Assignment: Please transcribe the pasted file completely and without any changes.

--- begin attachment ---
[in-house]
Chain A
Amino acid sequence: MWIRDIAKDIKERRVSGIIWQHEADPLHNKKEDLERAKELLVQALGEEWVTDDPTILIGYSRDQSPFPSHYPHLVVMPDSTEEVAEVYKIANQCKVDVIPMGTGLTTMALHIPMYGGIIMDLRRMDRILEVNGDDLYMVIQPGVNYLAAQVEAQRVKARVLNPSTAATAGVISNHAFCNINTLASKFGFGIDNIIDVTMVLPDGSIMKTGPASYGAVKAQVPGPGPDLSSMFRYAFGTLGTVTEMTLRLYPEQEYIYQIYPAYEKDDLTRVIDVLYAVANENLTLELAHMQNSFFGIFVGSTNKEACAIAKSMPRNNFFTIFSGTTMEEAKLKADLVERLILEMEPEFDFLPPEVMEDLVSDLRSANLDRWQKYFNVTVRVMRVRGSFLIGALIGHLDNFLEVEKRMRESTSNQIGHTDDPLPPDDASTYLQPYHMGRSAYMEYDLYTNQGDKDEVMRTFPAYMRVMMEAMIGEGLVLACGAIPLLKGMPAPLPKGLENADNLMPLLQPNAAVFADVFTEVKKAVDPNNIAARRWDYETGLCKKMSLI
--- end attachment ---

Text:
[in-house]
Chain A
Amino acid sequence: MWIRDIAKDIKERRVSGIIWQHEADPLHNKKEDLERAKELLVQALGEEWVTDDPTILIGYSRDQSPFPSHYPHLVVMPDSTEEVAEVYKIANQCKVDVIPMGTGLTTMALHIPMYGGIIMDLRRMDRILEVNGDDLYMVIQPGVNYLAAQVEAQRVKARVLNPSTAATAGVISNHAFCNINTLASKFGFGIDNIIDVTMVLPDGSIMKTGPASYGAVKAQVPGPGPDLSSMFRYAFGTLGTVTEMTLRLYPEQEYIYQIYPAYEKDDLTRVIDVLYAVANENLTLELAHMQNSFFGIFVGSTNKEACAIAKSMPRNNFFTIFSGTTMEEAKLKADLVERLILEMEPEFDFLPPEVMEDLVSDLRSANLDRWQKYFNVTVRVMRVRGSFLIGALIGHLDNFLEVEKRMRESTSNQIGHTDDPLPPDDASTYLQPYHMGRSAYMEYDLYTNQGDKDEVMRTFPAYMRVMMEAMIGEGLVLACGAIPLLKGMPAPLPKGLENADNLMPLLQPNAAVFADVFTEVKKAVDPNNIAARRWDYETGLCKKMSLI